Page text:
I went to the Philadelphia College of Pharmacy and Science, which is now the University of the Sciences. I graduated with a degree in pharmacy. I then went on to Temple and got a masters in education and I did teach for a short time. I substituted before I went int to the Army. This was during the time of Korea. I wound up stationed at Valley Forge Army Hospital and they didn’t need a pharmacist. They trained me to be a laboratory tech and then they didn’t need a lab tech so I typed.
After the Army I wound up having a number of community pharmacies, not all at the same time. This was before CVS, and Rite Aid and Eckerd and Walgreen. I had one in West Philadelphia, one in West Oak Lane, one in East Oak Lane and then the last one in Cheltenham.
I was married almost 60 years to the same gal. She graduated from Girls High. Was a teacher in the Philadelphia School District and got her doctorate.I have four children. Two boys and two girls. The oldest boy, David, was in the 231st class. My son’s teacher when he got his MBA at Drexel was Dr. Milton Silver, a classmate of ours in the 186.
(Norman jumps in to say Gerry is an excellent bridge player.)
When the kids were little, we took bridge lessons at Cheltenham adult evening school and it sort of created a monster because whatever we do we stick with it. It was a life saver for me when I lost my wife. I played bridge this afternoon and I’m playing bridge tonight.
(Gerry says he’s pretty good but not as good as Ed’s wife, who is a life master. Gerry jokes, however, that he is a hot commodity as a gregarious widower who’s out and about attending shows and serving as an usher at a few downtown Philadelphia theaters.)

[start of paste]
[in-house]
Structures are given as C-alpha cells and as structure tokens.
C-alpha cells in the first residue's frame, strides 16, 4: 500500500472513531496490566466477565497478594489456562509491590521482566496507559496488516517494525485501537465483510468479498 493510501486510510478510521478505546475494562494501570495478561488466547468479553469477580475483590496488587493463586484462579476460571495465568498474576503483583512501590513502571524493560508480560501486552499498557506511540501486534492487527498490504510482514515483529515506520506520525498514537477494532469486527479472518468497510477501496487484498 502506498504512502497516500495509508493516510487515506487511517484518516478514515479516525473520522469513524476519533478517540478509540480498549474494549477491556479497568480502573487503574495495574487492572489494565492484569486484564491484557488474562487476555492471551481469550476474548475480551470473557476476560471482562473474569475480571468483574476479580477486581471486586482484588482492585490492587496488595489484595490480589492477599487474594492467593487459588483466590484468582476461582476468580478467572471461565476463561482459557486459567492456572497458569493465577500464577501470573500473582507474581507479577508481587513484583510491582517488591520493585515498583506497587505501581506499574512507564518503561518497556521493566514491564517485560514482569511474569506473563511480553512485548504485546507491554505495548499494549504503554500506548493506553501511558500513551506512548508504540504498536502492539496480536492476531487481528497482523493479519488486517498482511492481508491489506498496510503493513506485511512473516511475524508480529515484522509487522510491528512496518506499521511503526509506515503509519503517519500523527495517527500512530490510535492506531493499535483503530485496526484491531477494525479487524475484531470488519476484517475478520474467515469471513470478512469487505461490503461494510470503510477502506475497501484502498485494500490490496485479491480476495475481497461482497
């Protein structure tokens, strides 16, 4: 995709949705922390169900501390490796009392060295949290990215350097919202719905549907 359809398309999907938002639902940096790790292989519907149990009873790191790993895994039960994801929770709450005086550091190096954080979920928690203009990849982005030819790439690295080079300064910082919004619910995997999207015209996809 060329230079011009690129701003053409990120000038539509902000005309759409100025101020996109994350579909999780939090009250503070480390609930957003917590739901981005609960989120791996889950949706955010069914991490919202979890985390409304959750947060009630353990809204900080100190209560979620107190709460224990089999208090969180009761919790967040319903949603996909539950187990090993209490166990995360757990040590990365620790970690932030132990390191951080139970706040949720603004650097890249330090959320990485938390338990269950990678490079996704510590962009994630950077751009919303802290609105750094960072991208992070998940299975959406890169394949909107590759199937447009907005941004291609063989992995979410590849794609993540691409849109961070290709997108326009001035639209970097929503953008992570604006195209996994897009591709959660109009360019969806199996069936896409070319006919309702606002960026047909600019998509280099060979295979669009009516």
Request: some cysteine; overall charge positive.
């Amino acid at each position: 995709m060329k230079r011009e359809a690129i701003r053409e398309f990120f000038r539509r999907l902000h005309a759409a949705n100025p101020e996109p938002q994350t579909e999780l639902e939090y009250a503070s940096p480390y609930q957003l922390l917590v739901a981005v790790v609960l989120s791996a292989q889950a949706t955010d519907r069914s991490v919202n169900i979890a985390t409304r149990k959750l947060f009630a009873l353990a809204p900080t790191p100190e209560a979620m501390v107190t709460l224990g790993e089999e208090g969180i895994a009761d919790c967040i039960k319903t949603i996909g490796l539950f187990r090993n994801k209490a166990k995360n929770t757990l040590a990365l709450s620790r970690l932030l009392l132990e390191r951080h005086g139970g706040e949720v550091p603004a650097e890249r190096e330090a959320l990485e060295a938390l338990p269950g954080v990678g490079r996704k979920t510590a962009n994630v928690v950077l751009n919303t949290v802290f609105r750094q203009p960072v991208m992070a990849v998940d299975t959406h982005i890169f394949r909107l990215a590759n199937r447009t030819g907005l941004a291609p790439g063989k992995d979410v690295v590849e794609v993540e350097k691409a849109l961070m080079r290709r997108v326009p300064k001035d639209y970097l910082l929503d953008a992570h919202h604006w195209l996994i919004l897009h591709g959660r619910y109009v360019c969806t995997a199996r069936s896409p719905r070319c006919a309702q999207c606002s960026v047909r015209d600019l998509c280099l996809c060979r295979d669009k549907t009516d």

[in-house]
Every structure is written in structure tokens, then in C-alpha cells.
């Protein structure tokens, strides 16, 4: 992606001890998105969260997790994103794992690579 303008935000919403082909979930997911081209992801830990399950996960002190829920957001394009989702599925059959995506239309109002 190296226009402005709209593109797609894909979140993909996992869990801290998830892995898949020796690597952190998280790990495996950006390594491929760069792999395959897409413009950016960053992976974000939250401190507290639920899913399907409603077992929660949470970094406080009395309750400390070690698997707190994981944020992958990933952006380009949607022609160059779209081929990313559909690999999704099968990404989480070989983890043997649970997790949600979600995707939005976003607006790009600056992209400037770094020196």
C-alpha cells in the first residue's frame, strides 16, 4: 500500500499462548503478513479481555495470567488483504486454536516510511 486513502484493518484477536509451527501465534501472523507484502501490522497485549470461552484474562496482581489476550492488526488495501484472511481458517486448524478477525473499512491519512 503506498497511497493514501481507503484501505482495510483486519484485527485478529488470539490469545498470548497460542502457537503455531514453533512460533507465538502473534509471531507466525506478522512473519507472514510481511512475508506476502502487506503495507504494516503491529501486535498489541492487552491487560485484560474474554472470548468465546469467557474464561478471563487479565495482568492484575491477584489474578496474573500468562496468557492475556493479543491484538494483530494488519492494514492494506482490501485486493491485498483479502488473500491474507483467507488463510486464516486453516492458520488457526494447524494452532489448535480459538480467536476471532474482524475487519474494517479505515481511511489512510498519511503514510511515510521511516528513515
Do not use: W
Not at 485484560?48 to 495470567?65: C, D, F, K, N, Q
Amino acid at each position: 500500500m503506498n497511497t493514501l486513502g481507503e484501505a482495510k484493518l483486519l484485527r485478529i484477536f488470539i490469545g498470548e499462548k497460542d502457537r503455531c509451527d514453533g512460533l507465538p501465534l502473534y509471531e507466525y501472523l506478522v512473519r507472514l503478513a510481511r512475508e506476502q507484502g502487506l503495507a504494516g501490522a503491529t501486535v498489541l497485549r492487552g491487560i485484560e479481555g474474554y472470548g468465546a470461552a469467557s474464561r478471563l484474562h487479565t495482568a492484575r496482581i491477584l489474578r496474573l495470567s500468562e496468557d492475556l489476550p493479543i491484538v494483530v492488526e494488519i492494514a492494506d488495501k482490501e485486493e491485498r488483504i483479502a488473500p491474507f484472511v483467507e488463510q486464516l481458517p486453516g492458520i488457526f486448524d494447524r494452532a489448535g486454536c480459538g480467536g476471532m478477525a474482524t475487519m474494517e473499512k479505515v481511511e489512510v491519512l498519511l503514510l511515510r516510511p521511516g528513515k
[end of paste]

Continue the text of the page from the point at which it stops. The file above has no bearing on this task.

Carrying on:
I was born on Halloween in 1928. I lived in Logan as a kid. At Central I played on the football team two years and I was seriously hurt in my senior year.
(Ed throws in: “He’s lucky to be alive.”)
I had a subdural hematoma, which is a blood clot on the brain. I was unconscious for two weeks. This happened after the fourth game of the year. I missed my 12a term (first half). I was awarded a varsity sweater when I came back to an assembly that was in my honor. And I still have the letter that was on the sweater.
The best basis of my education was Central.
(Ed jumps in: It was like we were at an elite college. We had teachers who were spectacular.)
Then I went to the University of Penn. I became a CPA. I’ve always worked in accounting in the Philadelphia area. I retired and sold my practice in 2000 and I spend the winter in Florida, Palm Beach Gardens.
I am married for 33 years to my second wife. I have one child and my wife has three children. Together, we have five grandchildren.
I live in a gated golf community in Florida and I play a lot of golf. I’m not that good. I play tennis a lot, again not well. In my later life I’ve become an organizer. This is my third class reunion as organizer.
I have a monthly discussion group in which I am the facilitator. I try to get speakers and I designate a subject that we’re going to talk about. This Thursday we have the associate consul for the state of Israel.
I’ll never get plaques or awards for my career but I satisfied clients for 50-some years and I’m happy about the way my life turned out.